Big pix should equal big sites

'X-Men 2' loads up on extras

So, you’re building a movie Web site. Well, first, get the basics straight. Put the movie’s opening date front and center. Then, trowel on a layer of synopsis, cast list, crew, photos, production notes, the trailer and some method to entice visitors to leave their email address. If you’ve got a budget, build in a screensaver (consumers seem to love them, ignoring the fact that they’re not needed for any relatively modern computer monitor), multiple translations, a nice piece of art for use as a desktop image, and perhaps some additional video clips. Tah dah, instant online destination! But some sites do more, and I’ll be highlighting those sites that offer something extra here, starting with two upcoming big budget films.

The movie site for the X-Men sequel adds some nice features on top of the basic foundation. The main site requires you to use a three-dimensional animated environment as an interface to the regular offerings of photos, story and clips. I couldn’t get any video to load from inside the main part of the site, though the interface itself is quite spectacular.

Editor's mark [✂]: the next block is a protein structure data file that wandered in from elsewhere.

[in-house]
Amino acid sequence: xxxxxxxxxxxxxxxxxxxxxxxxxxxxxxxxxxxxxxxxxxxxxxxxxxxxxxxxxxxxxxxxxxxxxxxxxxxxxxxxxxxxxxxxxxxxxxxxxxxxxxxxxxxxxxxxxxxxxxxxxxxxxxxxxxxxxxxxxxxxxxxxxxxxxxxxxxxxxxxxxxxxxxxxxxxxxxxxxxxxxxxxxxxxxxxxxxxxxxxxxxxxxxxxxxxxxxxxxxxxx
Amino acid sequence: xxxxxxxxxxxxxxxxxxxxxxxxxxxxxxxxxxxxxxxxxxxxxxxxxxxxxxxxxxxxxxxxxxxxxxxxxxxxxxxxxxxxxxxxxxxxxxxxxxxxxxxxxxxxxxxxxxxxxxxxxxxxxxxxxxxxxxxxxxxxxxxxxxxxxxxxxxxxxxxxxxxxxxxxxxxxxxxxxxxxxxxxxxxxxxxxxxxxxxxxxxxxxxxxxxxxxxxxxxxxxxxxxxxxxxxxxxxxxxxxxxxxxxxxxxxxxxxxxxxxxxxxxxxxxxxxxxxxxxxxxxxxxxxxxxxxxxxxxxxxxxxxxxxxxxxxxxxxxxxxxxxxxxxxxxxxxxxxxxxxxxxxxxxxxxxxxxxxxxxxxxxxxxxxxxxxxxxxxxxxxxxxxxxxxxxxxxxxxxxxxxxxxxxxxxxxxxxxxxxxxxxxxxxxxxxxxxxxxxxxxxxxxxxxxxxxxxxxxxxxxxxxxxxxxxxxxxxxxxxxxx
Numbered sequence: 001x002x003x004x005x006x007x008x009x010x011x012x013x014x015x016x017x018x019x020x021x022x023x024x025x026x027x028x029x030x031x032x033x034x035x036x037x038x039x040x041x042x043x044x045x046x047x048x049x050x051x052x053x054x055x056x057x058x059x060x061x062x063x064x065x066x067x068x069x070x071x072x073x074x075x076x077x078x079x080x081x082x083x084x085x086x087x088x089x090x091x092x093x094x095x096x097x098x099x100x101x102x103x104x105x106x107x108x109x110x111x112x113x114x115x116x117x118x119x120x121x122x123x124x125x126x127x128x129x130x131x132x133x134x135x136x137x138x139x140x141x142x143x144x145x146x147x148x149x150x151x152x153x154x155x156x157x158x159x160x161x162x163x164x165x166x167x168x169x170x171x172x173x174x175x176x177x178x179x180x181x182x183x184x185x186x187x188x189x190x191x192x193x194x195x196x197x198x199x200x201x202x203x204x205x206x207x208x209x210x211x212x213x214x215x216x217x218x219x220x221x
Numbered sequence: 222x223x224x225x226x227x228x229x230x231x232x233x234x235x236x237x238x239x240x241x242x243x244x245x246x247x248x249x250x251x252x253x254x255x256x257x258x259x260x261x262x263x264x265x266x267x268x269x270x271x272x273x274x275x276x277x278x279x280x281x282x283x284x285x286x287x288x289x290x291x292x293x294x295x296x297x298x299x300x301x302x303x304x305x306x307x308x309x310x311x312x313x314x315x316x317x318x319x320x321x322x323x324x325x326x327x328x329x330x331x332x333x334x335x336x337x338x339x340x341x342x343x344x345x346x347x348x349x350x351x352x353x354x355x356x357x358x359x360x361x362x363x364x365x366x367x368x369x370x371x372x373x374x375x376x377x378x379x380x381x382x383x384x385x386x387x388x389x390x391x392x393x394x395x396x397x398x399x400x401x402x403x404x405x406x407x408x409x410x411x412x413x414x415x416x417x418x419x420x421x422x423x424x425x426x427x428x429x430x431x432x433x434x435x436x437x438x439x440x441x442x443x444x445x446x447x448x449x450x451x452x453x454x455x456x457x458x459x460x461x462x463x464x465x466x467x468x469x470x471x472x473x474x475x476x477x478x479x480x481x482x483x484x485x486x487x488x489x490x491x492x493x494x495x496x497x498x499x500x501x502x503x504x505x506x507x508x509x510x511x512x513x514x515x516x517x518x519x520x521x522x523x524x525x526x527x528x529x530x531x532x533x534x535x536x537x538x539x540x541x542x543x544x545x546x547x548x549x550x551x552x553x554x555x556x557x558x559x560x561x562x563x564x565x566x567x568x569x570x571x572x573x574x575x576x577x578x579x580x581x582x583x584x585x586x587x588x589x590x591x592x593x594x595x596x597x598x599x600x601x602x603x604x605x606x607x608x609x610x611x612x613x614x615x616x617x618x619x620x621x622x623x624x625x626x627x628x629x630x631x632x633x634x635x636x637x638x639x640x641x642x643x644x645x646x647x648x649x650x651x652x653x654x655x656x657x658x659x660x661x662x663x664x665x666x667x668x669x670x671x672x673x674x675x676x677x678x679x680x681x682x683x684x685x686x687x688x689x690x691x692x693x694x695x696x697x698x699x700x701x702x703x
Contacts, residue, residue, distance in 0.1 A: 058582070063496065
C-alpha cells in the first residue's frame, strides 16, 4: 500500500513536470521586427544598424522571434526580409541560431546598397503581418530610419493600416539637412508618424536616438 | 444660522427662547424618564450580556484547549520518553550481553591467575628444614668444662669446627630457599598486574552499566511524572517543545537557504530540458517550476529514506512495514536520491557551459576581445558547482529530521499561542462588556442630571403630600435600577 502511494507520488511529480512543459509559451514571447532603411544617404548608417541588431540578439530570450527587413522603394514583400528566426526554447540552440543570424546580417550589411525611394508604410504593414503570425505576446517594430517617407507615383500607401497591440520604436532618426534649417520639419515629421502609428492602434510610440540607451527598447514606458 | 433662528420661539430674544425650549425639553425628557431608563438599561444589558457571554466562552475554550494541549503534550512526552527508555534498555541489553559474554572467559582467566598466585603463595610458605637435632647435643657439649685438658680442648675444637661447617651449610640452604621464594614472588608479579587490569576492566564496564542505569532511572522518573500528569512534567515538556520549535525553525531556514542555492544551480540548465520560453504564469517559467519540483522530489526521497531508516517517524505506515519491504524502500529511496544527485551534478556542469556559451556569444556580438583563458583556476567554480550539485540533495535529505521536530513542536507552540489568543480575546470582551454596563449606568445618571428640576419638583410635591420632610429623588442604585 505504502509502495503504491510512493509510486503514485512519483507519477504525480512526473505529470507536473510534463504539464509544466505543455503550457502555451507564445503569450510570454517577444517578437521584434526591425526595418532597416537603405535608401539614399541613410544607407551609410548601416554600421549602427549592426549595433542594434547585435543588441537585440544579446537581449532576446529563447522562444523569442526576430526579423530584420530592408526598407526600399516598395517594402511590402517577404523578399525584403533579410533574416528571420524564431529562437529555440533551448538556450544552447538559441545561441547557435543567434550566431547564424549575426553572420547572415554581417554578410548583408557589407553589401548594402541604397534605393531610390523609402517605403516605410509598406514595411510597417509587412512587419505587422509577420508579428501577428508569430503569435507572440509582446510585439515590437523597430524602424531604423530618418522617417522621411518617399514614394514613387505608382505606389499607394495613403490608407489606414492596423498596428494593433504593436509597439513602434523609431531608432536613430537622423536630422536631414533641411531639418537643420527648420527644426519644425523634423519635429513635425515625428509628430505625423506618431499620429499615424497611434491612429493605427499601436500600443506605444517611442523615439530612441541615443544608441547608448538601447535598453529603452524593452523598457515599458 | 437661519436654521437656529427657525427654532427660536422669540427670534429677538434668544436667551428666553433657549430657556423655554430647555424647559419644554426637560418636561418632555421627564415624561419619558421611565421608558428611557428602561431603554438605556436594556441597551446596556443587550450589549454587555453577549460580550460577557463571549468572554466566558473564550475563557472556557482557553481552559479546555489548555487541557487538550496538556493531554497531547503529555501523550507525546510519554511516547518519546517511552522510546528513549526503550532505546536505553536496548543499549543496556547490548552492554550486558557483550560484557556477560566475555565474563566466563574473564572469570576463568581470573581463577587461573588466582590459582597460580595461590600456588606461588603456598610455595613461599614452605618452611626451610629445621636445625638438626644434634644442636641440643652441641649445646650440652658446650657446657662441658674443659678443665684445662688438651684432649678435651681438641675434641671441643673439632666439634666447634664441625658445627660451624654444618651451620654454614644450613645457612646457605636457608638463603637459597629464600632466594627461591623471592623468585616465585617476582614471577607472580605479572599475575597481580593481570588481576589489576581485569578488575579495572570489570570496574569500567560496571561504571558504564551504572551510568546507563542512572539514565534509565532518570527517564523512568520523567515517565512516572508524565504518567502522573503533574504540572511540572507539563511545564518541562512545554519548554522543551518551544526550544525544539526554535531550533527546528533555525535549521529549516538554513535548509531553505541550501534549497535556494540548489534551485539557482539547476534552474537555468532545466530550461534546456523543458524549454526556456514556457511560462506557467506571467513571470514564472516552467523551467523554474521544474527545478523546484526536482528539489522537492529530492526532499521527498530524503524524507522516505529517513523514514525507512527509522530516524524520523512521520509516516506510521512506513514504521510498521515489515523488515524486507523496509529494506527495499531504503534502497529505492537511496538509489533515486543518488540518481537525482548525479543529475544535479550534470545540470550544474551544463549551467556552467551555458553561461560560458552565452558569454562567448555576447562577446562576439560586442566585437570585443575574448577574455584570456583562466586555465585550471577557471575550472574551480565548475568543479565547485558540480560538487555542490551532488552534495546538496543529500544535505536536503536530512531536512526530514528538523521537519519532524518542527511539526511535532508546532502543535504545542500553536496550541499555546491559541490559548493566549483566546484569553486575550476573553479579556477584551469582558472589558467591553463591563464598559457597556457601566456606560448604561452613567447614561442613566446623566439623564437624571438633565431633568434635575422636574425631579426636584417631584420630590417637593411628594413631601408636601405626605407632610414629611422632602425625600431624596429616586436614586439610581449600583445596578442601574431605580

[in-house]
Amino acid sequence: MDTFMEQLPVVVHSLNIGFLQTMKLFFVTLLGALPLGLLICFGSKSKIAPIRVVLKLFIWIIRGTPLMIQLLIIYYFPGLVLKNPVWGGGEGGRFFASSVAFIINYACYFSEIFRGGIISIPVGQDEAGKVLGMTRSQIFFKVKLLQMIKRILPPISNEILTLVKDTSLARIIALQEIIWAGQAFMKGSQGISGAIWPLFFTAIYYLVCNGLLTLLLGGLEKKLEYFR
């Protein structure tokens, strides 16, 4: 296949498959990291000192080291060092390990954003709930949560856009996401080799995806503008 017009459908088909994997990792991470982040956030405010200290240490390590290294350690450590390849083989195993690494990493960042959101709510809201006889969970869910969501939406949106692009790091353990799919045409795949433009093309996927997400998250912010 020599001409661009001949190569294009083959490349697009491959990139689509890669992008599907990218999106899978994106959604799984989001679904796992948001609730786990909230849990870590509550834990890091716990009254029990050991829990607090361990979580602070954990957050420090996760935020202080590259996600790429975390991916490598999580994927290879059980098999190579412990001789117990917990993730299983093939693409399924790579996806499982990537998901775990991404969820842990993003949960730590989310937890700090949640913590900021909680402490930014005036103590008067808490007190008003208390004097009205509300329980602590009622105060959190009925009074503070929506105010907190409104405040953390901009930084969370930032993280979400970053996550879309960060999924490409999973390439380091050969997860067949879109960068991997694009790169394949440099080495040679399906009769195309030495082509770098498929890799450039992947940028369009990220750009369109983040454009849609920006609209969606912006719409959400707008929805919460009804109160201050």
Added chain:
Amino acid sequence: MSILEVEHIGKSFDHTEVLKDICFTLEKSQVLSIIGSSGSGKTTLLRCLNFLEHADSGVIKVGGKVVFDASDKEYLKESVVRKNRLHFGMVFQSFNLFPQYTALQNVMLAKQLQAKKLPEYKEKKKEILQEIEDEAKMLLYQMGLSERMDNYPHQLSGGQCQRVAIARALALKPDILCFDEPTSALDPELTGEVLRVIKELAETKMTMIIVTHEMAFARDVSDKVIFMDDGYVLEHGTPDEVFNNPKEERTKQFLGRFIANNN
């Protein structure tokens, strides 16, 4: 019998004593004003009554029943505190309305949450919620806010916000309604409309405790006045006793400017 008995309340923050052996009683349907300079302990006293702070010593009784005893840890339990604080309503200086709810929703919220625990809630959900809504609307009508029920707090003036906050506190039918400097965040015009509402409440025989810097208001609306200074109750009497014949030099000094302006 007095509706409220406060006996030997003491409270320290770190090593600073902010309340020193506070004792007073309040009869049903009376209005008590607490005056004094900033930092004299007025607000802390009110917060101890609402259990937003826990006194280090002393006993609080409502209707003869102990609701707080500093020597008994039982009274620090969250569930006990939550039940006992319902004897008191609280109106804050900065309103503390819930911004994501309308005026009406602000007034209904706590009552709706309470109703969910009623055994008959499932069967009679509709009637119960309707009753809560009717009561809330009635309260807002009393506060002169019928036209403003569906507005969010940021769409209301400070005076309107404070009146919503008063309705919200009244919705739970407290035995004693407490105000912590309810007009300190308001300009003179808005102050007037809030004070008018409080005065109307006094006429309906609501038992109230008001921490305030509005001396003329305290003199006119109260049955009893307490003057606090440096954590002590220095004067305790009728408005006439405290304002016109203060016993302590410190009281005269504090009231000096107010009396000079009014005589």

The site provides a countdown clock you can download and run on your Windows computer, which pushes news updates directly to you regularly. It’s big and neat to run once, but I don’t know that I’d leave it on all the time because it has no other functionality. The movie site crosslinks over to an entertaining site co-branded with Mazda to promote the RX-8 used by one of the film’s heroes. To navigate that ad site, you have to drive a car around the screen. This is time-consuming, but great fun if you’re just idly surfing, which is exactly the audience Mazda seems to be aiming for.

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